# Homework Help: Derivation Problem

1. Sep 3, 2010

### Gekkoo

1. The problem statement, all variables and given/known data

I dont manage to derive a function properly :(

2. Relevant equations

u = x^α * [(m-Ax)/B]^β

3. The attempt at a solution

FOC: x^α*ln(x)*????=0

It is the second factor I have a problem with. Preciate any help!

2. Sep 3, 2010

### CompuChip

Are you sure this is precalculus? Because it is not nearly as simple as you seem to think it should be.
Let me assume that your variable is x and that all other letters represent constants.

Then first of all, there are two functions of x being multiplied, so you will need the product rule:
(xα * [(m-Ax)/B]β)' = (xα)' * [(m-Ax)/B]β + xα * ( [(m-Ax)/B]β )'
Then the derivative of xα is not xα ln(x), but if x is the variable it's simply α xα - 1. For the derivative of the second part, you will need the chain rule (you can write it as yβ and get β yβ - 1 dy/dx).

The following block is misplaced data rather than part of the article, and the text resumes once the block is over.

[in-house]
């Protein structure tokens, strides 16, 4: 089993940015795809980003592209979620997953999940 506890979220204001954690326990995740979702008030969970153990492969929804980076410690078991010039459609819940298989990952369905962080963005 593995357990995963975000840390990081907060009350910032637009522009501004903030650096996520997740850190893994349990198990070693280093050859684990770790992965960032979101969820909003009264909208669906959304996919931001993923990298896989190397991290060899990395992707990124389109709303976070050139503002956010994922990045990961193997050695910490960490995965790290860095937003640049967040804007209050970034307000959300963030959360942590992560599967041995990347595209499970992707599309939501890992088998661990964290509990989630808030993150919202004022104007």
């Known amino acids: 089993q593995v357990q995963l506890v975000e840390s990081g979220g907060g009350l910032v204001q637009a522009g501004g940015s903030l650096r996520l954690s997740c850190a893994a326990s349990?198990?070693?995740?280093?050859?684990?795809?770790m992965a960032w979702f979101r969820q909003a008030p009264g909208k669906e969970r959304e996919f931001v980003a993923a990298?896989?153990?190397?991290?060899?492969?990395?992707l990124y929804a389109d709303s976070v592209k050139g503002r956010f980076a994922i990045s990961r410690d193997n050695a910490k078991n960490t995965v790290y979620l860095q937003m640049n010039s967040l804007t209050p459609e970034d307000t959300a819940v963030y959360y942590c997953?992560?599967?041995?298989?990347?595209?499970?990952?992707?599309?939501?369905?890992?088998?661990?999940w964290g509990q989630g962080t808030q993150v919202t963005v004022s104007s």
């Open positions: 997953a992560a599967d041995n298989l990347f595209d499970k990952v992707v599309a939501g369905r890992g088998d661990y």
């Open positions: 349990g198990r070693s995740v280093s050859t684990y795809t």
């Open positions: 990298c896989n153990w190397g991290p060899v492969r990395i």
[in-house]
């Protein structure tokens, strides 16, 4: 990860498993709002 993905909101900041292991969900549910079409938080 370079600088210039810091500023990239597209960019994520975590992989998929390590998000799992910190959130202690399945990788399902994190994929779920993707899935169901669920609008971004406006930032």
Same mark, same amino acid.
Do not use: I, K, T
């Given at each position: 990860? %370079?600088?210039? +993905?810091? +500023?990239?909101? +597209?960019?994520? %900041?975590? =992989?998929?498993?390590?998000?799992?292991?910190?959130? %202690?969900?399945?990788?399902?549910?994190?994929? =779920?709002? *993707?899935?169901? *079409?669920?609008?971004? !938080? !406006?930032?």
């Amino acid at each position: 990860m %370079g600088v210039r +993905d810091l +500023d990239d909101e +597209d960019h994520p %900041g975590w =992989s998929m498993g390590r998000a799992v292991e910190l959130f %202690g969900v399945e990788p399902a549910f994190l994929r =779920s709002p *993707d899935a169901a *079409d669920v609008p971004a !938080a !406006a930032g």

If, for some strange reason, you want to take the derivative with respect to α, however, you are right: you simply get
x^α ln(x) * [(m-Ax)/B]^β
because the whole second factor is simply constant with respect to α.

3. Sep 3, 2010

### HallsofIvy

The natural logarithm only turns up in derivatives of exponential problems, such as the derivative of $a^x$- that is, with the variable, x, in the exponent.

Problems like this, which is just a power of x, with x in the base, are done by the 'power law', $(x^a)'= ax^{a- 1}$ which is true for a and number, not just integers.

4. Sep 3, 2010

### Staff: Mentor

(thread moved to Calculus & Beyond)